Maximize Your Car’s Worth: The Ultimate Guide to Using a Diminished Value Estimator

Jun 4, 2024

If you’ve been in a car accident that wasn’t your fault you should familiarize yourself with diminished value, or DV.

DV is the inevitable loss in market value your vehicle will incur as a result of being in an accident. No matter how perfect the repair job, nothing can change the perception of a buyer who looks at a car’s vehicle history and sees that it’s been in an accident. It’s damaged goods and not worth what it was before the accident.

You don’t file a DV claim with your own insurance, you file it with the at-fault driver’s company. All the burden of proof is on you, which means you have to make a convincing case for the amount of diminished value you’re claiming.

How Do I Calculate Diminished Value?

When you Google “diminished value calculation” you’re going to see sites promising easy steps using a diminished value calculator, also called an estimator. It’s a pretty simple process, and you can use the same estimator the insurance company is going to use.The starting point is to find your vehicle’s market value before the accident occurred. You can do this by using NADA or the Kelly Blue Book. Both sites have online tools you can use to calculate value by plugging in basic information like make and model.

To come up with a diminished value figure, insurance companies use the 17c formula originally created by State Farm. Insurers start with 10% of a car’s pre-accident worth as a maximum payoff amount then start subtracting based on damage and mileage multipliers

To calculate damage, the formula assigns a number from 0 to 1 to each level of damage, with 0 representing no structural damage or replaced panels and 1 representing severe structural damage. The 10% base value is multiplied by the number matching the vehicle’s extent of damage,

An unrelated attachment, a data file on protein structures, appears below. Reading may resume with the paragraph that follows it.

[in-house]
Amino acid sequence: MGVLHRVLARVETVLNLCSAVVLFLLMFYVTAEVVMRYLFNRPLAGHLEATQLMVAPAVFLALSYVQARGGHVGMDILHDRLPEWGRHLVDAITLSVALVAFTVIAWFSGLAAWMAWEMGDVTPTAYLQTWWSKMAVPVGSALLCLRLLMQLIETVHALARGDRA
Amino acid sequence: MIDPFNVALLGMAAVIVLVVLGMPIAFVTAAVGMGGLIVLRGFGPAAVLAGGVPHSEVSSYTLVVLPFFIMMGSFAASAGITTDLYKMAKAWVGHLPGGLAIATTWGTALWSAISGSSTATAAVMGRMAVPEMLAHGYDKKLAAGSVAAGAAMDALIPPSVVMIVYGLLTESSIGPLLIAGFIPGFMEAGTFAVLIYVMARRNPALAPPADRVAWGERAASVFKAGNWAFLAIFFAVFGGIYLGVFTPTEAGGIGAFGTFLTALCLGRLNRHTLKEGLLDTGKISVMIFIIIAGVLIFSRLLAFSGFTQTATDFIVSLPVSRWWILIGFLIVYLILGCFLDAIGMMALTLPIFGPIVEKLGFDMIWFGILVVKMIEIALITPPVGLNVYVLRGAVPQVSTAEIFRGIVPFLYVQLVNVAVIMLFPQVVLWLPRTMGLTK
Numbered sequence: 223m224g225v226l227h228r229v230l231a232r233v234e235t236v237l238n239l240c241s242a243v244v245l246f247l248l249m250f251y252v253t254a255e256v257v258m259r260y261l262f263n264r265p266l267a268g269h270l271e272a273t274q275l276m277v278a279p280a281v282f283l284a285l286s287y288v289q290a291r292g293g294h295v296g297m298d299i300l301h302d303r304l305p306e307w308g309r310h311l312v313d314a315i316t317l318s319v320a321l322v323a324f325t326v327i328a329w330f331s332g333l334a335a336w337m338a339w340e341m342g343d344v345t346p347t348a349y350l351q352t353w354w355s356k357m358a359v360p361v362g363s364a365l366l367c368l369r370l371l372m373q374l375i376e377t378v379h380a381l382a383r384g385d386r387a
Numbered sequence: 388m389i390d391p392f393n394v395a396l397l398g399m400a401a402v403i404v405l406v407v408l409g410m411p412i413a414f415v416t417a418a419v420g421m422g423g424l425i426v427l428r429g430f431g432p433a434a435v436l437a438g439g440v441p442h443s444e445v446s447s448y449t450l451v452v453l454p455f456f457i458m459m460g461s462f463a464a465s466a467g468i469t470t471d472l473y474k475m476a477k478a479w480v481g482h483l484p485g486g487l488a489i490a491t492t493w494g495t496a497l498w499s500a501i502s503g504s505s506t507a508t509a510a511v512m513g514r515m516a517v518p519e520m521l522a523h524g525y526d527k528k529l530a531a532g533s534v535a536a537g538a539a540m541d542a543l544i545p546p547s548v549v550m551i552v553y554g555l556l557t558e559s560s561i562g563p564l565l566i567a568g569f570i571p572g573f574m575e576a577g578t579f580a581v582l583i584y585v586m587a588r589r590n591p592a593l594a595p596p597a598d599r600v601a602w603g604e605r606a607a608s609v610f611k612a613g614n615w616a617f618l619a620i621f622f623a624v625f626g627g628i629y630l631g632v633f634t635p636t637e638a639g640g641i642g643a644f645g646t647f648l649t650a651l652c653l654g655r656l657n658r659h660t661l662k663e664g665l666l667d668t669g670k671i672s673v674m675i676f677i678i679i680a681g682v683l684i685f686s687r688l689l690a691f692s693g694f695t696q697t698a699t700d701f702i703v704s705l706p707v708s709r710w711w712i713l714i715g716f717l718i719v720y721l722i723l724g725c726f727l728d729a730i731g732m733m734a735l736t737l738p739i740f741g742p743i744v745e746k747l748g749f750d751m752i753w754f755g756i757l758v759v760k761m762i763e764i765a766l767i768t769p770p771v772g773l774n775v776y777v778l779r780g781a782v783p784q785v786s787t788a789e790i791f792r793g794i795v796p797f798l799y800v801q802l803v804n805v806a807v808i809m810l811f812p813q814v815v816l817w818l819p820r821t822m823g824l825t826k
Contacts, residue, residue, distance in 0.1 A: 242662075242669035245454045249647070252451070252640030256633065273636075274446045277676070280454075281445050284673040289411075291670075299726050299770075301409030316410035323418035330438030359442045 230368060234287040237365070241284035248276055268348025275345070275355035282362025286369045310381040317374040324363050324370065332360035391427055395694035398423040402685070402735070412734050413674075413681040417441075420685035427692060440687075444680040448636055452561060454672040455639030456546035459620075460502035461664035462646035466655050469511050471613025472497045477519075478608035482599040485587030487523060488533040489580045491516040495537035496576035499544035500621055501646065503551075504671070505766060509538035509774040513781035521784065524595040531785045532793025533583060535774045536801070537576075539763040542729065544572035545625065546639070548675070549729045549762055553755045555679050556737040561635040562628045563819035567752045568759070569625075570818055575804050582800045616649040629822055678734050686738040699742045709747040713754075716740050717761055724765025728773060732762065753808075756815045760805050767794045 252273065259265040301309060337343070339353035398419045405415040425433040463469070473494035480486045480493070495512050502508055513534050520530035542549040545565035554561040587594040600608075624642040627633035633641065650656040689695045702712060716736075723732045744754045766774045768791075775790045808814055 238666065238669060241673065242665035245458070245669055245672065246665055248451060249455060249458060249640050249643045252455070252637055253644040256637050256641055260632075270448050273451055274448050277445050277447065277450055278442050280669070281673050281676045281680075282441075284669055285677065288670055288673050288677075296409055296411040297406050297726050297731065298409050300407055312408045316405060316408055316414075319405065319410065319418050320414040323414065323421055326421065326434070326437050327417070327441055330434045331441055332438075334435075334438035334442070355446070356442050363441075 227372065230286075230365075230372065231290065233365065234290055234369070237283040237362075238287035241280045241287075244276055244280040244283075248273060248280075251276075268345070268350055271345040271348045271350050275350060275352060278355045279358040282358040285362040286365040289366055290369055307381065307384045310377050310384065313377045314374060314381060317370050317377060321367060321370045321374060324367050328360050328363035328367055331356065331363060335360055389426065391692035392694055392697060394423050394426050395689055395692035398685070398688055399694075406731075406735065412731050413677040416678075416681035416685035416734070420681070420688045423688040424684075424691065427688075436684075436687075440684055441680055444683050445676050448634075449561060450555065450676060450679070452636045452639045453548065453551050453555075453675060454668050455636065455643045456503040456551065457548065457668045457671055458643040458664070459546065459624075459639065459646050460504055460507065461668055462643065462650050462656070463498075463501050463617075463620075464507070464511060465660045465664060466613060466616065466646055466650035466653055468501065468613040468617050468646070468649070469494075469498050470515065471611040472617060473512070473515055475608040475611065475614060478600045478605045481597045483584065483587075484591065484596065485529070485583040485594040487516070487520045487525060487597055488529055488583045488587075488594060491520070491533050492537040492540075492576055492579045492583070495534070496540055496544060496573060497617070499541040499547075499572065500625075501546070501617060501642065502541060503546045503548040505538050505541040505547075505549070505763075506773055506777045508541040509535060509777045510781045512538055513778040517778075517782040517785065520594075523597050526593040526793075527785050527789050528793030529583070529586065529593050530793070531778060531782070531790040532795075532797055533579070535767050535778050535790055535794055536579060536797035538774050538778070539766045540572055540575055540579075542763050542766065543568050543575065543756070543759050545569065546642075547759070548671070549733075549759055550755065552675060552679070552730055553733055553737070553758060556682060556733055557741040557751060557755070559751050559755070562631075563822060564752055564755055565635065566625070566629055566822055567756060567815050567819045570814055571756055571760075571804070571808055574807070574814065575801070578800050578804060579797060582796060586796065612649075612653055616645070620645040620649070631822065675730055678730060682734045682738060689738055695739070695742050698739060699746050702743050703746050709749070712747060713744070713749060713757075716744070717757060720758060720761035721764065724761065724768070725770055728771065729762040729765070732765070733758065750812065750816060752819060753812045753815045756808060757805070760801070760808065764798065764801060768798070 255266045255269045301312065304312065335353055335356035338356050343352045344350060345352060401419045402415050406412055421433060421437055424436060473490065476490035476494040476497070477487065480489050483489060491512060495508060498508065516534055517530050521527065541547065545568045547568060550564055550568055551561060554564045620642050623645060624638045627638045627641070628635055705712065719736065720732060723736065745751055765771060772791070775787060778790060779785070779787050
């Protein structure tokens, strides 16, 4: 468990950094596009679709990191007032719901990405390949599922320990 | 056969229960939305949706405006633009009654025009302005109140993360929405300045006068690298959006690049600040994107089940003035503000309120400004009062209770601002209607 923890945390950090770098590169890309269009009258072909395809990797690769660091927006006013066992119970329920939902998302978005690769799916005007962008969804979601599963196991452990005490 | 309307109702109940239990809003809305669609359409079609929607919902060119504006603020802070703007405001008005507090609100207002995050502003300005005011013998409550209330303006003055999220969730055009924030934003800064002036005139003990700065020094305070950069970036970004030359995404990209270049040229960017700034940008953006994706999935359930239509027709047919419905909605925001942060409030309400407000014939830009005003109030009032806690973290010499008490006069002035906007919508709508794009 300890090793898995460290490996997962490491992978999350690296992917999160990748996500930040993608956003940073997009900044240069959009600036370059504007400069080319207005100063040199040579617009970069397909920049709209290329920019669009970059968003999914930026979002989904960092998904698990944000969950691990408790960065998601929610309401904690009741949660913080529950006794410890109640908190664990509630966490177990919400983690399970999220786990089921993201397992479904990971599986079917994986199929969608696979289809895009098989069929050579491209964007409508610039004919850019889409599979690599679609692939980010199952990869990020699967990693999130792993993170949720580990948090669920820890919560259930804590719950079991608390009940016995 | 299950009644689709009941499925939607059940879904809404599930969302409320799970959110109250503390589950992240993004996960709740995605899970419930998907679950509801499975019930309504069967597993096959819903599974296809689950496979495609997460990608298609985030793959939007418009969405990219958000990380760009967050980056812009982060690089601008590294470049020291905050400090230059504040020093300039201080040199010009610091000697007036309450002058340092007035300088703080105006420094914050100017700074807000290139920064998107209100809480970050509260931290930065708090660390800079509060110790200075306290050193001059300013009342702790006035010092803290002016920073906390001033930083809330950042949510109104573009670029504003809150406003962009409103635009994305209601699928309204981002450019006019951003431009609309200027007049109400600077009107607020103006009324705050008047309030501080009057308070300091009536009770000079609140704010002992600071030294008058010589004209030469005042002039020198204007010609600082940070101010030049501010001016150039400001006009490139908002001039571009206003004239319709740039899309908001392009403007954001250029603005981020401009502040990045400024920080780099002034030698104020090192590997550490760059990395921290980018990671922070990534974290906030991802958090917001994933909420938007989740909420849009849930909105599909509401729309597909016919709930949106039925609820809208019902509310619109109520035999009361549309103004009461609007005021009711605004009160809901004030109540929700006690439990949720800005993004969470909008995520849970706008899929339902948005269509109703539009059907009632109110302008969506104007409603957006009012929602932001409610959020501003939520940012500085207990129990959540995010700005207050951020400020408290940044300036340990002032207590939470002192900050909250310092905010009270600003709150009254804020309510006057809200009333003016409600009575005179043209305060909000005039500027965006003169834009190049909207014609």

So if your 10% base value is $4,000 and your car incurred moderate damage, you would multiply that figure by .5 to get $2,000.

Next, mileage is assessed using a numerical value between 0 and 1, with 1 being very low mileage and 0 being very high mileage. Let’s say your car has 45,000 miles on it; you would multiply $2,000 by .6 to come up with a diminished value amount of $1,200.

Easy as pie! RIght?

Does a Diminished Value Calculator Figure In Special Features?

Ah! That’s where you can go wrong with using a free online calculator to come up with a figure for diminished value. You’ll notice they don’t ask for any special features, trim packages, or maintenance history–all things that can make your particular car worth far more than the average generic models the 17c formula is based on!

Because it doesn’t take the unique value of your car into account, therefore, a diminished value estimator can significantly undervalue your car, costing you money if you accept it at face value. Insurance companies are happy to see people using the DV calculators to come up with a claim amount!

What they don’t like to see–and what they have trouble disputing–is the report of a licensed auto appraiser included with a diminished value claim. Why? Because auto appraisers pay attention to the details; they know the auto industry and the latest trends; and they have access to tools that help them assess damage and how skillfully repairs have been done.

There can be thousands of dollars in difference between what a diminished value estimator and a professional appraiser say a car is worth!

Don’t Take Chances!

Don’t let diminished value take you by surprise when you go to sell your vehicle! File a DV claim as soon after an accident as possible.

And if you’re going to go to the trouble of filing a diminished value claim, at least give yourself the best chance of recovering the maximum amount; get a detailed car appraisal from a diminished value expert like Auto Mediator